Kari Gunter-Seymour, poet laureate of Ohio, is the author of A Place So Deep Inside America It Can’t Be Seen (Sheila-Na-Gig Editions) and the founder/executive director of the Women of Appalachia Project™. In 2021, Gunter-Seymour was awarded the Academy of American Poets Poet Laureate Fellowship to publish I Thought I Heard a Cardinal Sing: Ohio’s Appalachian Voices, an anthology that aims to represent, educate, and speak honestly and proudly about Ohio’s Appalachian population, providing examples of the community's honor, endurance, courage, culture, love of family, and land. Once published, the anthology will be the first to focus strictly on Ohio-based Appalachian teens and adults and will be distributed for free to every library in Ohio, of which there are 732, with discounted pricing options available for schools and nonprofit organizations.
Poets.org: What do you hope for the future of poetry in Ohio and what support do you hope future poets laureate in Ohio have?
Poetry is alive and thriving in Ohio. Pick any night of the week and you will find an abundance of poetry readings, open mics, workshops, and discussion-group gatherings to choose from all around the state. In fact, poets across the country are calling Ohio a “hub for poetry.” Many city and municipal-based governments throughout Ohio have developed and passed legislation to support and maintain poets laureate of their own, including teen poets laureate. We have the Ohio Poetry Association, with its strong, compassionate leadership and continuously growing membership. Ohio is home to Hanif Abdurraqib and Ruth Awad, just to name a couple of our internationally-renowned poet superstars.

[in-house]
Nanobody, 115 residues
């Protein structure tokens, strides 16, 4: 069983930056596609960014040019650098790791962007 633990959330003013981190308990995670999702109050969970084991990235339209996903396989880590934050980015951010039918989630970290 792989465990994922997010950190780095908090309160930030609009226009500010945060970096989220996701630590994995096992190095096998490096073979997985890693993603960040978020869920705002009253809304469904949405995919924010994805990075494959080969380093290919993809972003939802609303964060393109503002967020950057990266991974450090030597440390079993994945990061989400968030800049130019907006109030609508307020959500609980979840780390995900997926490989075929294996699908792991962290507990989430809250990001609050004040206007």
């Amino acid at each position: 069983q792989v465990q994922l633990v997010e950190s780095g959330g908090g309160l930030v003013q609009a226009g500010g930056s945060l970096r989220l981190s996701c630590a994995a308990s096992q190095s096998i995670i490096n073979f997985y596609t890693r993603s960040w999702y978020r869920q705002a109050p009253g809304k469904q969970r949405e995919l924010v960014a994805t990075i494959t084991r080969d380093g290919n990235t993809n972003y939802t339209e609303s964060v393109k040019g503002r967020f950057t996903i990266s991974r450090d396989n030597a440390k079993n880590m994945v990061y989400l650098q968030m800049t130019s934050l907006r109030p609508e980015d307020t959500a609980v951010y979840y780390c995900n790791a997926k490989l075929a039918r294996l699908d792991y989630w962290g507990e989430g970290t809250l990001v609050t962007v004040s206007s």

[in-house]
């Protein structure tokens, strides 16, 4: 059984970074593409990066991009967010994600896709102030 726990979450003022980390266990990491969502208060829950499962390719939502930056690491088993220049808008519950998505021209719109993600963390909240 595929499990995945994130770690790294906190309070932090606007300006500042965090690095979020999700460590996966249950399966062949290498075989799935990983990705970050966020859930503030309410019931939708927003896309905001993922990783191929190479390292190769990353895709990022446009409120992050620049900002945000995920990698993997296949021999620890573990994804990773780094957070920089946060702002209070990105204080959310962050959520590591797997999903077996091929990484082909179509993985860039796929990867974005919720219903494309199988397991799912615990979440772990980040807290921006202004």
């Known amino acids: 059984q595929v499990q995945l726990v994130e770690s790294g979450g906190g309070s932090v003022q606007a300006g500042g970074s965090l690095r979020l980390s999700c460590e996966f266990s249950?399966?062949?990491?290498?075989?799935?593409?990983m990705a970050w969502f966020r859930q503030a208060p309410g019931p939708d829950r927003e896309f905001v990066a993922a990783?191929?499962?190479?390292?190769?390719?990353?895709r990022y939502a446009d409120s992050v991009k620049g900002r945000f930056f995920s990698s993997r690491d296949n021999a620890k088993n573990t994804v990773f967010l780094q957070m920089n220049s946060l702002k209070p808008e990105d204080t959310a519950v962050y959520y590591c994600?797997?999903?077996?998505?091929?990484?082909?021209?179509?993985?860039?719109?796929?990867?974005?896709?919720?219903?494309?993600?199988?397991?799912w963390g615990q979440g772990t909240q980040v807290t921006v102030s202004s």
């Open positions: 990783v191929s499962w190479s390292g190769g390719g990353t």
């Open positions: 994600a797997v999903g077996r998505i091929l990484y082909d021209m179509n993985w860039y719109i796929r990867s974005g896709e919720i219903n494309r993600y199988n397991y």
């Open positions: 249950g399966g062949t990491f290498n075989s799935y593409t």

From day one, I, personally, have been surrounded by unending positivity and support, starting at the top with our governor and his staff, assorted legislators, and business mentors. The Ohio Arts Council has been in my corner every step of the way—poetry centers, primary schools, colleges, statewide poetry forums, and my fellow poetry colleagues have welcomed me. I have met and worked with so many beautifully spirited, incredibly dedicated people, as passionate about their missions as I am about mine:to spread the gospel of poetry far and wide and create opportunities designed to lift up all voices—emerging to well-established, adolescent to creatively aging, and to advocate for those who cannot do so for themselves.